Think back to what I sort of think of as the pinnacle of middle-grade reading — 4th or 5th grade. Think about what you were like. Remember who your friends were and what their families were like.
Now think about children’s novels. I love children’s fiction (and YA too). Sometimes I enjoy it simply as an adult reader, other times I enjoy it because it helps me connect with my kids, and sometimes it strikes a chord because I remember what it was like to be 10-years-old.
But when you read a lot of children’s fiction, especially when you become immersed in it as I have the last two fall Cybils seasons, some common occurrences and themes begin to stick out. All of them are things that do happen in the life of many kids, but if you stacked up all the books that are published in any given year, I think that the percentage of kids dealing with certain things would be much greater in the books than in real life.
- There would be a lot more mysteries to solve (and the kids would be the ones to solve them!). My 4th grader best friend and I would ride around on our bikes just looking for something amiss that we could investigate. We’d usually end up making something up, which got old pretty quickly.
- There would be a lot more dead parents. I mean no disrespect here. But there are many characters in books that have lost a parent. Orphans? Not quite so much, but think about the books you’ve read, and I guarantee you that you’ll think of a main character or the character’s best friend who has lost a parent. If you can’t think of any, I can recommend some Cybils nominees from this year or last year that fit the bill.
- Boys and girls would always have a bestie of the opposite sex (Wendy Mass, I’m looking at you). I get this. If a boy who is the main character has a girl best friend, girls will relate. If a girl character has a boy best friend. . .Well, forget it. That doesn’t guarantee that a boy will deem it suitable. But really, thinking back to your older elementary school years — how many of you had a best friend of the opposite sex? Or how many of your kids do? Yes, some do, but it’s rare, whereas in children’s lit it’s practically the norm.
- Kids would be clever and introspective all the time. I suppose I could use a gifted author to carefully craft my thoughts and retorts as well.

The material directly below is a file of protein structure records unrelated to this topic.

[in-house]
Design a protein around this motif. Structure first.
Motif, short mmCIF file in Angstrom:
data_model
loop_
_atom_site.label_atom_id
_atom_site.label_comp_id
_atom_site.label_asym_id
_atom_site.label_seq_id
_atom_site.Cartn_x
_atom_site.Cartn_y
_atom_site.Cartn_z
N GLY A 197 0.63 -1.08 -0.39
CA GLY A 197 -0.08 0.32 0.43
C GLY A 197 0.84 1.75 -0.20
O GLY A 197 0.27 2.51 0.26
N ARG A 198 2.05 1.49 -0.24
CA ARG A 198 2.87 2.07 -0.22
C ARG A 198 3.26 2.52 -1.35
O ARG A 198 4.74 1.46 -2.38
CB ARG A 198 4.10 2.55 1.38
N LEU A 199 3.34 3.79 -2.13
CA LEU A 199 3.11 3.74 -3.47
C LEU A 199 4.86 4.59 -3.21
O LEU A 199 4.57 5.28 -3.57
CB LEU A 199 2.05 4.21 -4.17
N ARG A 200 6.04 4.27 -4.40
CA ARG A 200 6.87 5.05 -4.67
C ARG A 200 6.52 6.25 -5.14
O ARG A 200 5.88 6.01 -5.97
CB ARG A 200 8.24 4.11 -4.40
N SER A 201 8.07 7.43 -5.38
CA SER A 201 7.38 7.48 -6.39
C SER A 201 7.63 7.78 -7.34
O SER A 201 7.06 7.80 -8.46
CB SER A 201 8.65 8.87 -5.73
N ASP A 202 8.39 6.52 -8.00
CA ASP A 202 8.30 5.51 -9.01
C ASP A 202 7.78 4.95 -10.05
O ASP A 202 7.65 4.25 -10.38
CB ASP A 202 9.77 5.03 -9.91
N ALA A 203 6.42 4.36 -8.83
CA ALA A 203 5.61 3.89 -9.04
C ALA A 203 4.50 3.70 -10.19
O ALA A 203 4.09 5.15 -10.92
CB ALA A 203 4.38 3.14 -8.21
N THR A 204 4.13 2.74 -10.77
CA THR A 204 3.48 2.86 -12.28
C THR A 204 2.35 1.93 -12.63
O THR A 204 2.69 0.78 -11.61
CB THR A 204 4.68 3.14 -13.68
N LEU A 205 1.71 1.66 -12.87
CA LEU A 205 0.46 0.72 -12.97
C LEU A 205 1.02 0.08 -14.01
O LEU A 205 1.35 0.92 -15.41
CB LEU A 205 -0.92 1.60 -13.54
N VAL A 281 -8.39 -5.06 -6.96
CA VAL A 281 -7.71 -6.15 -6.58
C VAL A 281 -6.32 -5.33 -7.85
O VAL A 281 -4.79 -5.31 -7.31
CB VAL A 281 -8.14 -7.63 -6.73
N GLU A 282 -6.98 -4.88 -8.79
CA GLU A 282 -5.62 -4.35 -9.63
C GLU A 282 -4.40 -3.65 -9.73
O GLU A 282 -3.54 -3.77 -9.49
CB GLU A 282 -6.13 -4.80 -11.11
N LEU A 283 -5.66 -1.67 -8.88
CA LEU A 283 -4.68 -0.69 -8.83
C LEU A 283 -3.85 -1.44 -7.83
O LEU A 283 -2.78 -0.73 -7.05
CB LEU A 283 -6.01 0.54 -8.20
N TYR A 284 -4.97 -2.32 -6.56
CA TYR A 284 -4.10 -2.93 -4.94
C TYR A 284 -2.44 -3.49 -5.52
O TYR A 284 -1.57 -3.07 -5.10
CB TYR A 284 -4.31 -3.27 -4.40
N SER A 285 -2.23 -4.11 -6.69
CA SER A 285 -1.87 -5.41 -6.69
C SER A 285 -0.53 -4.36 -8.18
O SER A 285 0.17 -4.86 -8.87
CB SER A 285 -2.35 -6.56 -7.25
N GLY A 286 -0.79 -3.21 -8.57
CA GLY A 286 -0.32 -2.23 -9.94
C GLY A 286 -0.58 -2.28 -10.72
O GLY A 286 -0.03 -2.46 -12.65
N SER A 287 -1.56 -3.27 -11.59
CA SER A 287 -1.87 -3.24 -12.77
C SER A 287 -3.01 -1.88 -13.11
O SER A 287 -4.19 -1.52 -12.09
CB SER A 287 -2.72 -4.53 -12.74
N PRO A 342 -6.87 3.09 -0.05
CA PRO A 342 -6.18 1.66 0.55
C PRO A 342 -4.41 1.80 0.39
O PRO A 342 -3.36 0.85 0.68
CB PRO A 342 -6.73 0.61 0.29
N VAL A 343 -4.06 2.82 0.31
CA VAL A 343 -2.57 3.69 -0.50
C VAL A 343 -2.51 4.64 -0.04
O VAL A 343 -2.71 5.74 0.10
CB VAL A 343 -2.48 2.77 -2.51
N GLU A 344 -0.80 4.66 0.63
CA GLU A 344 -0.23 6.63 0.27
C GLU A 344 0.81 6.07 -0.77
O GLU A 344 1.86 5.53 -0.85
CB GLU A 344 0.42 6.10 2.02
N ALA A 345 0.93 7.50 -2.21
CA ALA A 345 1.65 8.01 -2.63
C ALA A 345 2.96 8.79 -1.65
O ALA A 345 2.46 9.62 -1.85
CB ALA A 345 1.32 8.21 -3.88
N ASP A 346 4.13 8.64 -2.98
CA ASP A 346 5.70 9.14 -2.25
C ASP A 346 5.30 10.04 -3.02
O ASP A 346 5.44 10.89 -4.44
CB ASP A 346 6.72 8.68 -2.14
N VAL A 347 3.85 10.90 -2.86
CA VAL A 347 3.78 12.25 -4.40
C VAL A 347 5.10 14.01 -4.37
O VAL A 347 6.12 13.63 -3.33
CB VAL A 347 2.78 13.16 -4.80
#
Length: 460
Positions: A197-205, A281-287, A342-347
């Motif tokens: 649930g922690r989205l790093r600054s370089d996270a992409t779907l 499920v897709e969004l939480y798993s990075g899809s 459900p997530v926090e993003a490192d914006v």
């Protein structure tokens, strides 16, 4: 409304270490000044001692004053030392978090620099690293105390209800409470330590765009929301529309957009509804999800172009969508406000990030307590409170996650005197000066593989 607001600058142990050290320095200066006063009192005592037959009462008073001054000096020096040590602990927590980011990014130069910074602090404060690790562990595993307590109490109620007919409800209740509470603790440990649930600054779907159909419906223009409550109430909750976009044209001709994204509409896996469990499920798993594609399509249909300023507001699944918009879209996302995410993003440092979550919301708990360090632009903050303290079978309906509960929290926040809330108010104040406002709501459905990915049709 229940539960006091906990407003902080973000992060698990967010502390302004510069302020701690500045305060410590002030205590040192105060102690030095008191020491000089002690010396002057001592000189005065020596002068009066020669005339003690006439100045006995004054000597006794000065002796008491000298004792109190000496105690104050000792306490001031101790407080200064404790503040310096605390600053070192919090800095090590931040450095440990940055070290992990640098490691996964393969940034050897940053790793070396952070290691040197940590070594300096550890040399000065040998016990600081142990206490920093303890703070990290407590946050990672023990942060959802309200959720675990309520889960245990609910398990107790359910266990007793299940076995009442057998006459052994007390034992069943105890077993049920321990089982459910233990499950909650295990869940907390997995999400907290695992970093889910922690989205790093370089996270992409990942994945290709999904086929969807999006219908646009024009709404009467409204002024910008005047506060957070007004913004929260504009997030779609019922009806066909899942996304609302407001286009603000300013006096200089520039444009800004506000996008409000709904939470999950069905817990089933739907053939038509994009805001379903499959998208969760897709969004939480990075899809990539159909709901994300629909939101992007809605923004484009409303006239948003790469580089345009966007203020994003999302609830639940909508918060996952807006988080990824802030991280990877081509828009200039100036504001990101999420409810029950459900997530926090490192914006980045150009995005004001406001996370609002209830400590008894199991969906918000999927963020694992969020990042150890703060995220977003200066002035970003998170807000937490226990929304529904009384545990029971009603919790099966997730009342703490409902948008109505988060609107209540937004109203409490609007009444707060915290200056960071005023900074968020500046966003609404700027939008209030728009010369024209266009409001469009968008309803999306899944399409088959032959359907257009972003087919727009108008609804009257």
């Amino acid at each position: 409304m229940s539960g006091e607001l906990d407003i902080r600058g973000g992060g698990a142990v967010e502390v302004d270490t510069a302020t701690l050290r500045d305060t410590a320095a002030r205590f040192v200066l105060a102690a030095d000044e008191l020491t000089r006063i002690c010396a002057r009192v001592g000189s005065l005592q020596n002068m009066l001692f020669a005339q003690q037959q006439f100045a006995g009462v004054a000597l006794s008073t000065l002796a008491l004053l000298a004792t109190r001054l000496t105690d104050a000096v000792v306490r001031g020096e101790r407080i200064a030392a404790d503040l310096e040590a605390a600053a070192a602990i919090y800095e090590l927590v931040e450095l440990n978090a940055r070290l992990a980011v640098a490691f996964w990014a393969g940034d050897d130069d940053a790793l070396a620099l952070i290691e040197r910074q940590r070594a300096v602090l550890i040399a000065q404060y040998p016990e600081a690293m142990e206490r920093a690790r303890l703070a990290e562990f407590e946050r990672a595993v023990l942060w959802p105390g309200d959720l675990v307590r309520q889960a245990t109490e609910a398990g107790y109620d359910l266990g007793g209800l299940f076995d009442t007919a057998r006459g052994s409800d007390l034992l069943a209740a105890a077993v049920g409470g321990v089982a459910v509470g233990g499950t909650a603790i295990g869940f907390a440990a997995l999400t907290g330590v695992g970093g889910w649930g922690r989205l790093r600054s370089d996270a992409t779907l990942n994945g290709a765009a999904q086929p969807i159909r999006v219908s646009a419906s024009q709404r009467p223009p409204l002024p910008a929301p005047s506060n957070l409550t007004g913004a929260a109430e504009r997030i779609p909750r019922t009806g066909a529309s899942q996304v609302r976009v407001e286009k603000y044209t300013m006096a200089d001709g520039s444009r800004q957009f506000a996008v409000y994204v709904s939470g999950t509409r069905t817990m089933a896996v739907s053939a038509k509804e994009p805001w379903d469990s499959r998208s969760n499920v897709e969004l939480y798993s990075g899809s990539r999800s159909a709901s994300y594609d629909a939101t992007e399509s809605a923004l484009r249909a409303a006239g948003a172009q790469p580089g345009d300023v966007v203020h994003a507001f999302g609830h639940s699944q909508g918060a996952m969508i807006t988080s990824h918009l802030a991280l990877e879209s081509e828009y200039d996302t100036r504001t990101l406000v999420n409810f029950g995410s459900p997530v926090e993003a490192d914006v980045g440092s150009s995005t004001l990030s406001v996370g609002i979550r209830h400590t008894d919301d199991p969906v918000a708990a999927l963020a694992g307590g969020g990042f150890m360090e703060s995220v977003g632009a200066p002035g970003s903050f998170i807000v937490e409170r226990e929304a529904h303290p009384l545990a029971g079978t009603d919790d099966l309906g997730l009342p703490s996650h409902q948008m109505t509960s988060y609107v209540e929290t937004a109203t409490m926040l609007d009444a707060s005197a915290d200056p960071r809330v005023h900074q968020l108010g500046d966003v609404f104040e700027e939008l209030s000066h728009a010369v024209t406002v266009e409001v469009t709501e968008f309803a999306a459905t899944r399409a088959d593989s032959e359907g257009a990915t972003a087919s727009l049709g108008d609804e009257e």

- There would be a lot more only children. I guess there’s something about lonely children that is appealing to an author — no siblings, a parent lost to death or divorce — it’s a great starting ground.
- Kids would form clubs, solve mysteries, play sports and save the world instead of watching TV, reading books, and playing computer. I think that reading about such adventures is the next best thing, at least.
Do you agree or disagree with these assertions? Did I miss something?
Jennifer Donovan loves fiction for people of all ages. She hopes this tongue-in-cheek post comes across as an overflow of her love for books and those who write them, not some sort of serious literary criticism. She also blogs on occasion at Snapshot.
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I have thought the same thing! The parents are always either dead or on a long trip or somehow otherwise occupied.
Also the main characters are never blonde. At least in classic lit they’re not–Jo March, Laura Ingalls, Anne Shirley, Emily Starr, etc. The only blondes are either petty or shallow, or at best relegated to sidekick. The only exception is Lucy Pevensie, and she’s always drawn as a brunette. Sigh… We natural blondes get a bad rap!
I’m going to find you some smart and savvy blondes, Elizabeth!! They are out there.
Ha! So true. My kids actually get exasperated with these things sometimes, and say things like “Why are the parents always dead?”
I never thought about it from their perspectives, but the kids are probably more on to that kind of thing than we are! And I know that my daughter always thought it made it really sad.
Annette W says
Ha! I remember in some of my children’s lit studies that there are actually scholarly articles that point out some of the same things, especially the orphan bit.
I’m noticing lots of bullies in the middle grade stories I read.
Oh, and yes–the boy and girl best friend schtick is one I’ve noticed. I definitely didn’t have a boy best friend at that age!
So maybe I AM scholarly 😉
Actually, one of the Cybils nominees I read, Charlie Joe Jackson’s Guide to NOT Reading, totally had a handle on it.
He was in 6th grade, I think — maybe 7th — and he fully acknowledged that he was too old to have a girl best friend, so he didn’t call her that, but would say that she was the person he could talk to.
I had boy best friends from preschool till 2nd grade. But in 4th or 5th? No way, boys had cooties. 🙂
I remember that it seemed perfectly natural that 13 and 14 year olds (Trixie Belden!) would be able to solve mysteries though.
Yes Trixie Belden was probably my inspiration as well! Loved her!!
I think you’ve hit the nail on the head multiple times here, Jennifer! My own 6th grade son has a friend of the opposite gender, but they seem to be playing together less often than they used to. I do clearly remember trying to search out mysteries and such when I was younger, so I laughed out loud at that one!
I know — it was always VERY disappointing not to find any crimes to solve.